P.S. If you do happen to listen to the podcast, I’d love to hear your thoughts. Cheers.

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  1. John

    Mr. & Mrs. Groovy. I’m a big fan of the RPF podcast and I listened today to your archived interview. Great job! It’s inspiring that you seem a very typical American couple and you were able to achieve FI at a relatively young age on a middle-income.

    I like your idea of a Junior IRA. This past Christmas I opened an Roth IRA for my son who is a full time college student and I deposited $1,000 in an S&P500 index fund to get him a head start on his retirement. The card said “If you leave this untouched for 45 years it will be worth roughly $100,000 at retirement.”

    I’ve wanted to do this for him for that past several years but this was the first year I was able to max out my own 403B and Roth IRA. Once I did that I felt secure in starting to help him towards retirement. When he was born I didn’t have even $1,000 in a savings account so I think that Junior IRA system would help those families who already are financially secure at a disproportional rate. Now if the government put that $1,000 in the account at birth with the stipulation that it couldn’t be touched until 59.5 (with the only exception being disability), it would be a great way to solve the insolvency of SS. The family could add to it as able and even only adding $20 per month would make a huge difference over 18 years. If we started this today I think you’d only be one generation away from solving the SS dilemma. The gov could start to taper SS away as current minors start to reach retirement age.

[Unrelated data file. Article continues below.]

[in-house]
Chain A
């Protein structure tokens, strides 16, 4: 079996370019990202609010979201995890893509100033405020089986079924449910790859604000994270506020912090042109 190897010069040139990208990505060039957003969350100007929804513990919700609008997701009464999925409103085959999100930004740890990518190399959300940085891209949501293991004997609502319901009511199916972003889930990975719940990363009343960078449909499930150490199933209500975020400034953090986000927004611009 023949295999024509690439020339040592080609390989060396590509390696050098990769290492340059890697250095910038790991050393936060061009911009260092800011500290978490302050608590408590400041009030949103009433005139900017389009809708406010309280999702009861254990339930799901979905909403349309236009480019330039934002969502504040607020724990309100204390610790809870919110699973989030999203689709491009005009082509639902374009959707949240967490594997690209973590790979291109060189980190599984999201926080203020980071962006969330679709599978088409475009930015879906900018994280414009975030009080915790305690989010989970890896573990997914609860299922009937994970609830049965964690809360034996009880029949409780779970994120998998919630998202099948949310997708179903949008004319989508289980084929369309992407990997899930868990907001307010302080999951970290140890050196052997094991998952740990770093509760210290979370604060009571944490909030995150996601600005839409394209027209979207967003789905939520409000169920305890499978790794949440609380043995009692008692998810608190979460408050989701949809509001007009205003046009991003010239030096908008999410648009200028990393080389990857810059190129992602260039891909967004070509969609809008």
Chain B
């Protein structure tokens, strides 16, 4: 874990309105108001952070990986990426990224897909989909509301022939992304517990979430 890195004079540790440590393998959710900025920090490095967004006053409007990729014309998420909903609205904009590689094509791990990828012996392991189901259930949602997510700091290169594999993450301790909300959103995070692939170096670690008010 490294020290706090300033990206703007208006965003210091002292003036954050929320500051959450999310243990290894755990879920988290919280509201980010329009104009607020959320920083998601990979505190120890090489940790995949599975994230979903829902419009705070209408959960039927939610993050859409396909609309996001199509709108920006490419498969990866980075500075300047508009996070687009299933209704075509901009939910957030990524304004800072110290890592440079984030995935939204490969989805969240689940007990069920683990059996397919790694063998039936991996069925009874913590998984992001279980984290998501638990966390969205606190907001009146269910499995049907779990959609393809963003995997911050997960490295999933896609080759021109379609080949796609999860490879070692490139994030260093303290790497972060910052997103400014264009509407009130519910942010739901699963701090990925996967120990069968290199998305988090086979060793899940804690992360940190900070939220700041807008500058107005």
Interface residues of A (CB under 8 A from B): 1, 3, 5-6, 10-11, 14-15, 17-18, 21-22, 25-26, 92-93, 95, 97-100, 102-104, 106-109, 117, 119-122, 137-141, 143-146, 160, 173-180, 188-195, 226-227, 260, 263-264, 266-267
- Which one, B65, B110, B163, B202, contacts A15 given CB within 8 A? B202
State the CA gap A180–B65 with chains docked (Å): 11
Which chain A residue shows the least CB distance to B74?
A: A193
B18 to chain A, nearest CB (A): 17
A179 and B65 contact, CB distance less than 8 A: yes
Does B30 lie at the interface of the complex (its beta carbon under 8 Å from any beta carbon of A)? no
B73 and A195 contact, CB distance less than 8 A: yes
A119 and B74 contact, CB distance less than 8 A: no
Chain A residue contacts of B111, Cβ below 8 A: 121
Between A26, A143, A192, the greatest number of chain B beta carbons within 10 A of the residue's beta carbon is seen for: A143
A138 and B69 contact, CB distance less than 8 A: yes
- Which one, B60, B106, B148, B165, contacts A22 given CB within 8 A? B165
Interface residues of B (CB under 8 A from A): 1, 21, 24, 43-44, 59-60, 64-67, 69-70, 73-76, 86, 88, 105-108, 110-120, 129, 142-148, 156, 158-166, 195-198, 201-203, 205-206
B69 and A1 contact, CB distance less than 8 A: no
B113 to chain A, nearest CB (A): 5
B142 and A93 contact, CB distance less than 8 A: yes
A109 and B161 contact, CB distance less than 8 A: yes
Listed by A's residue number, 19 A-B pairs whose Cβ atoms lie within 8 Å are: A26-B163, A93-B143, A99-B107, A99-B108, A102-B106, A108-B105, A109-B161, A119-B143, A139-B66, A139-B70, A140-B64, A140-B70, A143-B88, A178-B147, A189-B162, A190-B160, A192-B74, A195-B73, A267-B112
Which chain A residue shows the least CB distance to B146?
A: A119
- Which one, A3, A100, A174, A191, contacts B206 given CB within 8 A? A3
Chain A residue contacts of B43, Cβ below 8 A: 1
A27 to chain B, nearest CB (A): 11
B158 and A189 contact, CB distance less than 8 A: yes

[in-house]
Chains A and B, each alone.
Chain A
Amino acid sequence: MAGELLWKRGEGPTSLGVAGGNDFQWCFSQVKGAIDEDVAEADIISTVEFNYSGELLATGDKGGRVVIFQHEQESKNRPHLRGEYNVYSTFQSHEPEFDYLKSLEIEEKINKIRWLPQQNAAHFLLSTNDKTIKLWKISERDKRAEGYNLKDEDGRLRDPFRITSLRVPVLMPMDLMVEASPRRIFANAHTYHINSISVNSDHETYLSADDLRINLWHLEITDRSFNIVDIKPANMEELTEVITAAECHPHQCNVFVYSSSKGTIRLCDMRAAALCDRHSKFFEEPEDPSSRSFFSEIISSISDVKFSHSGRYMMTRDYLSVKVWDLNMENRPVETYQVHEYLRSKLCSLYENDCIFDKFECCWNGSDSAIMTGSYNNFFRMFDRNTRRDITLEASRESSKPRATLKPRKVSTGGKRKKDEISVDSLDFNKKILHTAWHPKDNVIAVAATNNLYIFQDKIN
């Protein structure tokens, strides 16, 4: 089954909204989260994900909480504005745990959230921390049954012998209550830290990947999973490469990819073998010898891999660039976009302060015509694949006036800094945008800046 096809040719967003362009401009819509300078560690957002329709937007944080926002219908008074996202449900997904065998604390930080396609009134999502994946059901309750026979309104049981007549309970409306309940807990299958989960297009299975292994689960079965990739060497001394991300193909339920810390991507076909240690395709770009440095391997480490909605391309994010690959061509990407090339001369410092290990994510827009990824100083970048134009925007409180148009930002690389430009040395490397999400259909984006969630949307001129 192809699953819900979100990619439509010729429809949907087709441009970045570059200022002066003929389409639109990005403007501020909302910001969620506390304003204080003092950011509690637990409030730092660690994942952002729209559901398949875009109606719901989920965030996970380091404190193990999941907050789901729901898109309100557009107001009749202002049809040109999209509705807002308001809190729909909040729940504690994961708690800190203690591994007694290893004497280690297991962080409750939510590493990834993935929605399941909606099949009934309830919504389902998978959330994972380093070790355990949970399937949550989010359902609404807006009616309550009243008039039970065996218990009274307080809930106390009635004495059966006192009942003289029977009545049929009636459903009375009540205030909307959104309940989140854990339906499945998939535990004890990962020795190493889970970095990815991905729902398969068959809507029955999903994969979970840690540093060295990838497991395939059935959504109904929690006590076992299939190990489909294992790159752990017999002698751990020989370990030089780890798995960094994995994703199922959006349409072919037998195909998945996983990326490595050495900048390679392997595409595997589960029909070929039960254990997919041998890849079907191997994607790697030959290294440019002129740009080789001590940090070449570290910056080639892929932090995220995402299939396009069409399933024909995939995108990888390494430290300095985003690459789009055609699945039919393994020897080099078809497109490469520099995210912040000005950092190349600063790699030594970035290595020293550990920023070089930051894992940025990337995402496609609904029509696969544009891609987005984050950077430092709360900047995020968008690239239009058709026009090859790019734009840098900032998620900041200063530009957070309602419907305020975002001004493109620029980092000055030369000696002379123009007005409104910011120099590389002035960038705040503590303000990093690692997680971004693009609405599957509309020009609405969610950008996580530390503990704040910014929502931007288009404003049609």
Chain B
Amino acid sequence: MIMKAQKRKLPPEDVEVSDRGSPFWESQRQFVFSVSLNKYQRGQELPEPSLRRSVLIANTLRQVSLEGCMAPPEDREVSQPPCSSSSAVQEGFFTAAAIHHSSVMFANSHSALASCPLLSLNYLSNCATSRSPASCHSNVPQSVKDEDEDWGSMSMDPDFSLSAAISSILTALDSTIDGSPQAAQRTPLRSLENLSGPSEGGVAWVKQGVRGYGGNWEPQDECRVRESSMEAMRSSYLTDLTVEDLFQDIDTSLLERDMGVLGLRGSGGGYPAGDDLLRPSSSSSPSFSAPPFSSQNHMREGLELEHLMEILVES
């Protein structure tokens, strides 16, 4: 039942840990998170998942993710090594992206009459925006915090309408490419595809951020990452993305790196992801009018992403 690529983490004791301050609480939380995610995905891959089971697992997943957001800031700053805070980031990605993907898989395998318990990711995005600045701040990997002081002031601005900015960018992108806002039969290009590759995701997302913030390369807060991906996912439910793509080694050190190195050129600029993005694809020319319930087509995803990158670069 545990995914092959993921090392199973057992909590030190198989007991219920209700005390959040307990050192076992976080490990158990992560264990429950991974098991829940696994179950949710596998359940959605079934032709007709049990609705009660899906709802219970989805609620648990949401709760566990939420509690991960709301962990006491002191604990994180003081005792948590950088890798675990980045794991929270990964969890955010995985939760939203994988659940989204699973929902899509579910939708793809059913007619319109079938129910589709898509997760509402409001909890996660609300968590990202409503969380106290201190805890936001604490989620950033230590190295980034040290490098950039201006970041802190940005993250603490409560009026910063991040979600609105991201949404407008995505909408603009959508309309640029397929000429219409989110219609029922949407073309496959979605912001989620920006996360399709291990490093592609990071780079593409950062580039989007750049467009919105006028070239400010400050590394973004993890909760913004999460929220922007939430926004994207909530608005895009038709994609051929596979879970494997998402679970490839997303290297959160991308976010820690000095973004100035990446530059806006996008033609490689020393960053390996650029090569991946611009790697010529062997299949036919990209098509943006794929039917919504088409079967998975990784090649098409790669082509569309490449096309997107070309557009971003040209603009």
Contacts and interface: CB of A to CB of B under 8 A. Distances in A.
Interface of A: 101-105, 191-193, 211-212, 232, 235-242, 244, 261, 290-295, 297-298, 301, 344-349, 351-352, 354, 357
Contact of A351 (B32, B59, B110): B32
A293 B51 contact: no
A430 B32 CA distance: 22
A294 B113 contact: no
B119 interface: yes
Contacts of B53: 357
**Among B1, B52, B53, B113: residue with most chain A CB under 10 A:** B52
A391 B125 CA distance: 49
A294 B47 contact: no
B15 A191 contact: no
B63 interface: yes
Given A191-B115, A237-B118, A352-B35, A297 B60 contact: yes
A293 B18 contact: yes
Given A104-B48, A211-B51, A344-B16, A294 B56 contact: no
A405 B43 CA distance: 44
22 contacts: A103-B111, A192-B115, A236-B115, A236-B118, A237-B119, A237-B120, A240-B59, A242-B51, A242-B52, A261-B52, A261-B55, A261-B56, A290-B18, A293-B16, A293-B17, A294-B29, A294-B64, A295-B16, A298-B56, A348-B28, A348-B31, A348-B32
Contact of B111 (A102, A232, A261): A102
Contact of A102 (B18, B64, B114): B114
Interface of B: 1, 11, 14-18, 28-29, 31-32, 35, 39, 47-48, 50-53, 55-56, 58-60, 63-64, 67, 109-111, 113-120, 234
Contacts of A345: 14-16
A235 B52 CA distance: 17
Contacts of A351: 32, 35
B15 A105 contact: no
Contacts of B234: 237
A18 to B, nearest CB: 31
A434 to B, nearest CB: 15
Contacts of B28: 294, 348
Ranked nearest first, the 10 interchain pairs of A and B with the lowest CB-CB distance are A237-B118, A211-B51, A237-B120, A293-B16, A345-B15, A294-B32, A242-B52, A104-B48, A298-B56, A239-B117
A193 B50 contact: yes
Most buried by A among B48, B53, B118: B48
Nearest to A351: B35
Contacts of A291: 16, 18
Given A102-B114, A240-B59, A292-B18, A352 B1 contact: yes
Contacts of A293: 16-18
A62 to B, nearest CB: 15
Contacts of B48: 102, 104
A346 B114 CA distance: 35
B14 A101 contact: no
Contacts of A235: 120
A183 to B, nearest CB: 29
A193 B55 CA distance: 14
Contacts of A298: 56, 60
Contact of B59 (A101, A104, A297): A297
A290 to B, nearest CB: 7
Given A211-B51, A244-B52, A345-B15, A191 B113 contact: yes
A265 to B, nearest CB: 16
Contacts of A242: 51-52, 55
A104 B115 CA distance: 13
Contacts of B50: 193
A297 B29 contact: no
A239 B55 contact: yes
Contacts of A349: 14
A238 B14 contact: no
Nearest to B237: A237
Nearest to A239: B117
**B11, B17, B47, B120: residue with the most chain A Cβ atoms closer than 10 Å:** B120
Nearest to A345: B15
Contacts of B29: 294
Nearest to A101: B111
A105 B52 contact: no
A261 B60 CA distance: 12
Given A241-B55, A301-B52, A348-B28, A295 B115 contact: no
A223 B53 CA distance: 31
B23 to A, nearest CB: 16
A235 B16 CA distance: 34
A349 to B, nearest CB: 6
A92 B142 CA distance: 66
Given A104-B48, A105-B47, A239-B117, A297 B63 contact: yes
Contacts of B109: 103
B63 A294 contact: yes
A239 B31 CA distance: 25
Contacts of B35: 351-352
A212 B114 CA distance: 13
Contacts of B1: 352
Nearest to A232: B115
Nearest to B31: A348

Great work on your retirement and best of success as you enter this next chapter.


    • Mr. Groovy

      Thank you, MB55. I really appreciate your kind words. And you are so right about the government contribution. One of the most frustrating things about the government is that when it spends $1,000 it rarely produces a product or service that comes close to being $1,000 in value. But if it put $1,000 in every newborns Junior IRA, it would produce many times that value. Way back in 2007, Hillary Clinton proposed giving every newborn $5,000 so every newborn would have money for college or a down payment on a home. Imagine if we revised this idea and used the $5K to initially fund a Junior IRA for every newborn? As you correctly pointed out, this move would solve the insolvency of SS. Thanks for stopping by, my friend. I really appreciate what you added to this conversation.